Marijuana for nicer kids
Saturday, 06 September 2008
Ok, so this is just one study, but quite a surprise to me … I was researching negative effects of marijuanna on ovaries and came across a pretty interesting study done on Jamaican women who were heavy marijuana users. The short of it is that marijuana seems to greatly improve your experience of pregnancy and it gives your kids a stronger nervous system and better disposition. In the words of the researchers:
“Although marijuana use during pregnancy is discouraged in prenatal clinics and through government-sponsored prevention programs, the consumption of marijuana during pregnancy by Jamaican women is not necessarily indicative of a mother’s lack of concern about the health and development of her infant. Supported by the folk belief that marijuana has health-rendering properties and by the experience of relatives and neighbors, women use it as a vehicle for dealing with the difficult circumstances surrounding pregnancy and childbirth. For instance, 19 of the marijuana smokers in the sample reported that it increased their appetites throughout the prenatal period and / or relieved the nausea of pregnancy. Fifteen reported using it to relieve fatigue and provide rest during pregnancy. All the mothers considered the effects of marijuana on nausea and fatigue to be good for both themselves and their infants.”
The conclusion of the study demonstrated objective results:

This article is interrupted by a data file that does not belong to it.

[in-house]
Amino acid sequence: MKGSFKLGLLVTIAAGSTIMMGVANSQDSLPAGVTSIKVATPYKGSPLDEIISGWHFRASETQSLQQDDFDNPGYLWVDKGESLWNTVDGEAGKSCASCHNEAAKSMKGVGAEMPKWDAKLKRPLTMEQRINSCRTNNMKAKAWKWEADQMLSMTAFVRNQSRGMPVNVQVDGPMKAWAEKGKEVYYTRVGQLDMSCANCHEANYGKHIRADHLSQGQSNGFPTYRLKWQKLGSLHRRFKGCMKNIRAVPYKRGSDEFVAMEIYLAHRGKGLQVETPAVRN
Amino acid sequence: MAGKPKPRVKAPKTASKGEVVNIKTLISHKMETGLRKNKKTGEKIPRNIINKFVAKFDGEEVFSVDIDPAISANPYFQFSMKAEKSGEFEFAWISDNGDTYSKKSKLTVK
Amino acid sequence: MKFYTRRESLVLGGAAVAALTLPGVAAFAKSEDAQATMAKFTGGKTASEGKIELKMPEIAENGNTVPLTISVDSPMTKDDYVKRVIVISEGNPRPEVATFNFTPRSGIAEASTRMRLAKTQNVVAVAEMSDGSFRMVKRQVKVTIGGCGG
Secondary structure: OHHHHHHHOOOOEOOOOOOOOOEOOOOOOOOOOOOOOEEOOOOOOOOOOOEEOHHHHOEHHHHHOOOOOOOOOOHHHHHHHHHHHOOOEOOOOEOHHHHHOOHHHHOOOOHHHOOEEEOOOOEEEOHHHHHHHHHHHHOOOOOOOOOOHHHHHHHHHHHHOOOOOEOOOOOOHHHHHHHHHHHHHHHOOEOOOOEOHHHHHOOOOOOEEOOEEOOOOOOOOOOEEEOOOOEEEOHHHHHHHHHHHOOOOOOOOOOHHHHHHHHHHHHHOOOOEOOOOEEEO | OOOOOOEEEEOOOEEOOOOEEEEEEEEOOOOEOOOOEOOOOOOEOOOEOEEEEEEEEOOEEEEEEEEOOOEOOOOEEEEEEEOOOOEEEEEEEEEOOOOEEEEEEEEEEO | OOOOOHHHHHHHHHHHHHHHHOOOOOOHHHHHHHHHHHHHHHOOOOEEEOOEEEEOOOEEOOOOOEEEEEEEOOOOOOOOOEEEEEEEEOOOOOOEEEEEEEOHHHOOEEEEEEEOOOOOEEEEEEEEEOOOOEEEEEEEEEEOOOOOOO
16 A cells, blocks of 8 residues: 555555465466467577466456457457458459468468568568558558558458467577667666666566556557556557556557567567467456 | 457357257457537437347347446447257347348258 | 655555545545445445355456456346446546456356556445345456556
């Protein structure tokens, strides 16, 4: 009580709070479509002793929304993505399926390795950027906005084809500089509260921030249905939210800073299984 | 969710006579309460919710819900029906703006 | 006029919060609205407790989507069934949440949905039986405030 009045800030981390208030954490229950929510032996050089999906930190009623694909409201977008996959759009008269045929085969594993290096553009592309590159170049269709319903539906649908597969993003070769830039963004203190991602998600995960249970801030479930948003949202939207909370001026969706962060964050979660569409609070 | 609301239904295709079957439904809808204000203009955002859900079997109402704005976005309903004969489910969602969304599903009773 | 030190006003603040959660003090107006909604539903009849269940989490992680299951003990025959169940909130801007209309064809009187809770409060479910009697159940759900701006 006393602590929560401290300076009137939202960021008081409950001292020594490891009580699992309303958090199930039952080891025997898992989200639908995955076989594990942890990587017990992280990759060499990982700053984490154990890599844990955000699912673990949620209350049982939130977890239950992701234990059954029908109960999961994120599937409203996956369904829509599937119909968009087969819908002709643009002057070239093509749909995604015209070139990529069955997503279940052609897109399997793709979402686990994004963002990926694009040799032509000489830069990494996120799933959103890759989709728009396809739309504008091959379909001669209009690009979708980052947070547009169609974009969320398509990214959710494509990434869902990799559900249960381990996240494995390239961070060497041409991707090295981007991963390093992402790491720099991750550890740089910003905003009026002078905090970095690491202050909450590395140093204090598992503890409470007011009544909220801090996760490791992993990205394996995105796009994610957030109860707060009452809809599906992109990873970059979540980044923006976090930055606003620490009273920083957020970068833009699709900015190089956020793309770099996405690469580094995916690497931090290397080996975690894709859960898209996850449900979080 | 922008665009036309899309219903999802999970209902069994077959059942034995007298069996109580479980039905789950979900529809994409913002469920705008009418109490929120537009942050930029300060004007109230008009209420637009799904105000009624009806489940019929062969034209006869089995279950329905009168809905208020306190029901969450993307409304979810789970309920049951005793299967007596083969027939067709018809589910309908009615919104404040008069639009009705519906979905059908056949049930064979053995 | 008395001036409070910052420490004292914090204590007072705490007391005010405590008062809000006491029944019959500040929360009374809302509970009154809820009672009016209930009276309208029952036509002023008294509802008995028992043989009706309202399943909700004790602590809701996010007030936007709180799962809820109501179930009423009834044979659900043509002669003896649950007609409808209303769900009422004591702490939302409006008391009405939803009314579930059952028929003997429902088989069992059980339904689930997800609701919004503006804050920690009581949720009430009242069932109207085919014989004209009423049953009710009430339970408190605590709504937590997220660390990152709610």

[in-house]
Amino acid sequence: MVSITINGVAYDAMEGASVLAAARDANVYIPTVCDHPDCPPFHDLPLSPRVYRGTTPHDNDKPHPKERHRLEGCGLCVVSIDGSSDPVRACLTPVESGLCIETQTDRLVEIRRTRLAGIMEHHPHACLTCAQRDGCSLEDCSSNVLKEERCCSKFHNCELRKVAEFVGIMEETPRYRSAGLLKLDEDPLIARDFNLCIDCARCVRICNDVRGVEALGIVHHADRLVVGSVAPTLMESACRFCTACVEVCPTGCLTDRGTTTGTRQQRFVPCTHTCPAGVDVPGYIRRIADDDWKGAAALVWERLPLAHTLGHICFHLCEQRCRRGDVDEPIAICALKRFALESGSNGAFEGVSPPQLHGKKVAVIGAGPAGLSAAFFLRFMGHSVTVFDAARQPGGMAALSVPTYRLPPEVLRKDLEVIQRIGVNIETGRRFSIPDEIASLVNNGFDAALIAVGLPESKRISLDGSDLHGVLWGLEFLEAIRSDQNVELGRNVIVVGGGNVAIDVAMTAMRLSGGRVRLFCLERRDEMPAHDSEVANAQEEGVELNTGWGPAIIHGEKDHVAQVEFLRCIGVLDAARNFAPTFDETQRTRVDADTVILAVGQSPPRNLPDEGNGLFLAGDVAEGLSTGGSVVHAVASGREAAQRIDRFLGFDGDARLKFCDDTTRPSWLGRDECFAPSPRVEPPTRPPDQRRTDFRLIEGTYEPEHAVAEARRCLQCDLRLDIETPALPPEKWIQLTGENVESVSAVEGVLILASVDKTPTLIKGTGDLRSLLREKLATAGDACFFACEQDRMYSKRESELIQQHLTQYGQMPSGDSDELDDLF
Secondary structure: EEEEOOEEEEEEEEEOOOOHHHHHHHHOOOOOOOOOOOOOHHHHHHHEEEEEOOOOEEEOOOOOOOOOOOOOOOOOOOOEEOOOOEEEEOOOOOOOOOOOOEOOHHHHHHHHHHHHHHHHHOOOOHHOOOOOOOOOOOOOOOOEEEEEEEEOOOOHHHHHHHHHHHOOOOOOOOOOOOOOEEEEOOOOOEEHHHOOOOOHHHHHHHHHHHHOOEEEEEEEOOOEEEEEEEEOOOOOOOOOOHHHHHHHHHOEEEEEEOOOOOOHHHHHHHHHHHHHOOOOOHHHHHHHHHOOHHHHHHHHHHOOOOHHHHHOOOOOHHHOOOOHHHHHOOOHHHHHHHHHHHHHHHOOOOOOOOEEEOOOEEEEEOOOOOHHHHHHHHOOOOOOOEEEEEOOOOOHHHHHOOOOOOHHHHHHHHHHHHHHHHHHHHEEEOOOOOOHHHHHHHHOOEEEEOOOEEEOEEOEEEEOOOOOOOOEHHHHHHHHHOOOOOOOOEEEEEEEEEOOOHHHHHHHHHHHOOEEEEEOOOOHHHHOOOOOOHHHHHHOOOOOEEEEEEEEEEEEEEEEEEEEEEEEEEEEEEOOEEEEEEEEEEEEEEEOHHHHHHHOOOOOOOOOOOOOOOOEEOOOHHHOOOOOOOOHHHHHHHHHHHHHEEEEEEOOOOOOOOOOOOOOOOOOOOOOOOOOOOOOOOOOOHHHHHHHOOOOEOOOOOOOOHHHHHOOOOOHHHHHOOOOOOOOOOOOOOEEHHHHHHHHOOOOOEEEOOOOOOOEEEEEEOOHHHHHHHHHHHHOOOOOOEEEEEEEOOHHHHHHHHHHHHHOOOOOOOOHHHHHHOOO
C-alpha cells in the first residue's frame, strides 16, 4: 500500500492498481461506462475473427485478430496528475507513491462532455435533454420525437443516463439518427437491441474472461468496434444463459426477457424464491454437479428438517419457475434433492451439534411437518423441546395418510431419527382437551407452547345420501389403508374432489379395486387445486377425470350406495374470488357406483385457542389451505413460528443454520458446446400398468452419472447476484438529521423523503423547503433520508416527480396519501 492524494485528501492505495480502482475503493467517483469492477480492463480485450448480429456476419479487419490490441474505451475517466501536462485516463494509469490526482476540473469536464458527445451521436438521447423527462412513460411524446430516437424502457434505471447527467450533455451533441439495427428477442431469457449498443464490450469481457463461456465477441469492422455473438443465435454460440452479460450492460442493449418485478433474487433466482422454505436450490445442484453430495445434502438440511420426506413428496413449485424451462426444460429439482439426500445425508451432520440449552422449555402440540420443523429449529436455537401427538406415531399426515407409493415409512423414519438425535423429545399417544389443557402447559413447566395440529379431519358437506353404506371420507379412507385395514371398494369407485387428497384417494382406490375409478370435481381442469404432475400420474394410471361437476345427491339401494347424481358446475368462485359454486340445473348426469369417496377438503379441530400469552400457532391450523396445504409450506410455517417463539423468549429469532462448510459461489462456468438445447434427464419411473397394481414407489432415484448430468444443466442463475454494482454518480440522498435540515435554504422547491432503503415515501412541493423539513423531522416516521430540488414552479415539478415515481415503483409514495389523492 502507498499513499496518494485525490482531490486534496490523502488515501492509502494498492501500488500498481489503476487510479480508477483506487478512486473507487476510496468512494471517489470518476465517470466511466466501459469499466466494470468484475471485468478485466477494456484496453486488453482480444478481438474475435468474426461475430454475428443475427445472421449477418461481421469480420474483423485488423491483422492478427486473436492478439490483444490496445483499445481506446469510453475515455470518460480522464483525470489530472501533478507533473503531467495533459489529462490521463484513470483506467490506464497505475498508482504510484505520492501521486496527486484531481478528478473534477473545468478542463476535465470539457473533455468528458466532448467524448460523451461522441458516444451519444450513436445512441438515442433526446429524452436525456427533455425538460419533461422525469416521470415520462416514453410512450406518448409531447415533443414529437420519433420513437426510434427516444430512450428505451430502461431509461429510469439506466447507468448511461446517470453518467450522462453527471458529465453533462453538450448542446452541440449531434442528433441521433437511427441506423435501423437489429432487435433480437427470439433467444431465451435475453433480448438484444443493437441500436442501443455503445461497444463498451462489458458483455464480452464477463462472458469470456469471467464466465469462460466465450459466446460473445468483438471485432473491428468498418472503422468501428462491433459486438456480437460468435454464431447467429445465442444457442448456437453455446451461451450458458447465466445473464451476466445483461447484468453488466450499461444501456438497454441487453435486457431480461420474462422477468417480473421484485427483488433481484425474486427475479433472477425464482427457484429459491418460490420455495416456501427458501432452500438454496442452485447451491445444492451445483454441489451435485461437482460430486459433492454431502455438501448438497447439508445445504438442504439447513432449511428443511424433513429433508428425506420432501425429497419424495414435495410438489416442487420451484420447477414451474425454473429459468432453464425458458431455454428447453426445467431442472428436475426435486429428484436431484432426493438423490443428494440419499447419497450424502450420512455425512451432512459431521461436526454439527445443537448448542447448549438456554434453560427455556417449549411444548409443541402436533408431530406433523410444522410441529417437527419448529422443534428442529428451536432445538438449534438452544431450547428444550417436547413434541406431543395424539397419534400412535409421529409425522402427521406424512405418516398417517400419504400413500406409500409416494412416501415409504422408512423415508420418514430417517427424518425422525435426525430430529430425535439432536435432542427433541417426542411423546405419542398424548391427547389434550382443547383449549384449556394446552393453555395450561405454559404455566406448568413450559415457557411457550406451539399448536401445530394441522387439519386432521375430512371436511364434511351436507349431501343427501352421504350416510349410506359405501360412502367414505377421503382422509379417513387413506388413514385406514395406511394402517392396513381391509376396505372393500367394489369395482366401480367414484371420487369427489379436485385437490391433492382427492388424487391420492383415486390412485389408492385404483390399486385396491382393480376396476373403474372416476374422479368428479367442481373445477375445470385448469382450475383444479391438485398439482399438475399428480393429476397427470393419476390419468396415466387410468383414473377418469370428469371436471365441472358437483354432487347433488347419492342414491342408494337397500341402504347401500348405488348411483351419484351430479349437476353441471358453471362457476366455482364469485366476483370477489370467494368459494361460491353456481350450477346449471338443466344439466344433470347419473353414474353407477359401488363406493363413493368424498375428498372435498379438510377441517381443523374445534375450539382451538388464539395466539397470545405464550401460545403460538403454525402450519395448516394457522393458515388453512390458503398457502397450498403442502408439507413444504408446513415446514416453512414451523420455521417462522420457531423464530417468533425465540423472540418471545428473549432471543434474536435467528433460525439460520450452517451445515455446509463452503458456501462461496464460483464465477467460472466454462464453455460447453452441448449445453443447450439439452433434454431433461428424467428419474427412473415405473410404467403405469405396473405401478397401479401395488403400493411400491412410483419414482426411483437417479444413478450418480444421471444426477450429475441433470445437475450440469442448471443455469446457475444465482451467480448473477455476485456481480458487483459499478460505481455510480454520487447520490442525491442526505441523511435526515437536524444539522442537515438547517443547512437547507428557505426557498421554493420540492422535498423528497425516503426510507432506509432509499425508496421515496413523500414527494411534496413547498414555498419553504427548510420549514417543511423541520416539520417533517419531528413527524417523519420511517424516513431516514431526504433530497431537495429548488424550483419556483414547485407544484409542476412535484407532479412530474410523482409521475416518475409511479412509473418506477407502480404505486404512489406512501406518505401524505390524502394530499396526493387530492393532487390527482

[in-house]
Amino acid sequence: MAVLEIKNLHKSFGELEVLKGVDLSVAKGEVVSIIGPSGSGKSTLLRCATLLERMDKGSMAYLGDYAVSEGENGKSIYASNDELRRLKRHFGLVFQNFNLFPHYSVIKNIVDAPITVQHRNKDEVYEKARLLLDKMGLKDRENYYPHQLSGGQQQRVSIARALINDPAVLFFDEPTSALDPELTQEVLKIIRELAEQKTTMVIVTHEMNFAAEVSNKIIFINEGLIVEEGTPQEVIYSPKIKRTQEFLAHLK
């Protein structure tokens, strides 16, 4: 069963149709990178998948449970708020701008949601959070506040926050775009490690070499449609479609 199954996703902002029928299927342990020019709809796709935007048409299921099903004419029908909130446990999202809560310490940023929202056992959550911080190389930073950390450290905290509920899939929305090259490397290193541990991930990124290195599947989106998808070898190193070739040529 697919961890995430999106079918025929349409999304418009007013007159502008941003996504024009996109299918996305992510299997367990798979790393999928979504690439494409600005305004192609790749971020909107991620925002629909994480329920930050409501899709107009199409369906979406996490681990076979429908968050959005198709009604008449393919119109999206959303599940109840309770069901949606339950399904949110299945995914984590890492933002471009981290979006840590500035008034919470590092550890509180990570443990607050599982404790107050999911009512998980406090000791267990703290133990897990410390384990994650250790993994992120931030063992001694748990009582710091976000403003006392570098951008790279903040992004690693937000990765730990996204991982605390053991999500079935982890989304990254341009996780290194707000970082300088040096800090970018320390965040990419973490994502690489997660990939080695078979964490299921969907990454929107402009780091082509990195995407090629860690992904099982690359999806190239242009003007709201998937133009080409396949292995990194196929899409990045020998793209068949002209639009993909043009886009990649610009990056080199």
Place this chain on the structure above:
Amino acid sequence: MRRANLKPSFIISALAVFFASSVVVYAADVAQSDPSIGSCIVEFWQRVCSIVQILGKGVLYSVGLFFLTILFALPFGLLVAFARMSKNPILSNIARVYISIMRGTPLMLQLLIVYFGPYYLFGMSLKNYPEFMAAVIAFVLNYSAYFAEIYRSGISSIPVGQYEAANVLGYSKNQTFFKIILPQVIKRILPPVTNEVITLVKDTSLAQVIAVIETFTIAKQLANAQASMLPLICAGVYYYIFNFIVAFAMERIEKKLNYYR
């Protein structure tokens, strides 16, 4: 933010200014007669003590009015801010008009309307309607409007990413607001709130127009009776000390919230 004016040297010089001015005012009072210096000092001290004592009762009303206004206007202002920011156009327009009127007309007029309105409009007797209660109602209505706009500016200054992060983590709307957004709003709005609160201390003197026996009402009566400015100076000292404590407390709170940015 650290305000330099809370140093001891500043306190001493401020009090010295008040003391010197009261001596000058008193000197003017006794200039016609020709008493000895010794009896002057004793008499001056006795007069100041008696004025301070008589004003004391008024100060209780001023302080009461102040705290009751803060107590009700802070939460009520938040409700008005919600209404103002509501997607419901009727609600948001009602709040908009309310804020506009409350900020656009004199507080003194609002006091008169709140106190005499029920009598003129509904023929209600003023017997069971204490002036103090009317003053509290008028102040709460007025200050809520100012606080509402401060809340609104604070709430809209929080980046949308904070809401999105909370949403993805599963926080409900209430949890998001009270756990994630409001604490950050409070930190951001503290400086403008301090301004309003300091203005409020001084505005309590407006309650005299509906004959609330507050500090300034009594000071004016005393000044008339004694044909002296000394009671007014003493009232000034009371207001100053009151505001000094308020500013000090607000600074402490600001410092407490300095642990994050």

“offspring of heavy-marijuana using mothers had significantly higher scores on the Orientation cluster, on the Autonomic Stability cluster, and on Reflexes (see Table 4). Due to the intercorrelation among the variables comprising each cluster, no t scores or P values are reported for individual items. Nevertheless, a comparison of individual item scores showed that neonates of heavy users had higher scores on habituation to auditory and tactile stimuli, and to animate auditory stimuli, the degree of alertness, capacity for consolability, irritability (ie, less irritable), and had fewer startles and tremors.” The comparisons on the supplementary items revealed significant differences on all seven variables, with the neonates of mothers who were heavy-marijuana users performing more optimally on these items.
Pediatrics, February 1994, Volume 93, Number 2, pp. 254-260.
American Academy of Pediatrics
From the Schools of Nursing, Education, and Public Health, the University of Massachusetts, Amherst.
Received for publication Sep 21, 1992; accepted Jun 30, 1993.
Reprint requests to (M.D.) School of Nursing, the University of Massachusetts,
111 Arnold House, Amherst, MA 01003.
Pediatrics (ISSN 0031 4005). Copyright © 1994 by the American Academy of Pediatrics.
Prenatal Marijuana Exposure and Neonatal Outcomes in Jamaica:
An Ethnographic Study
Melanie C. Dreher, PhD; Kevin Nugent, PhD; and Rebekah Hudgins, MA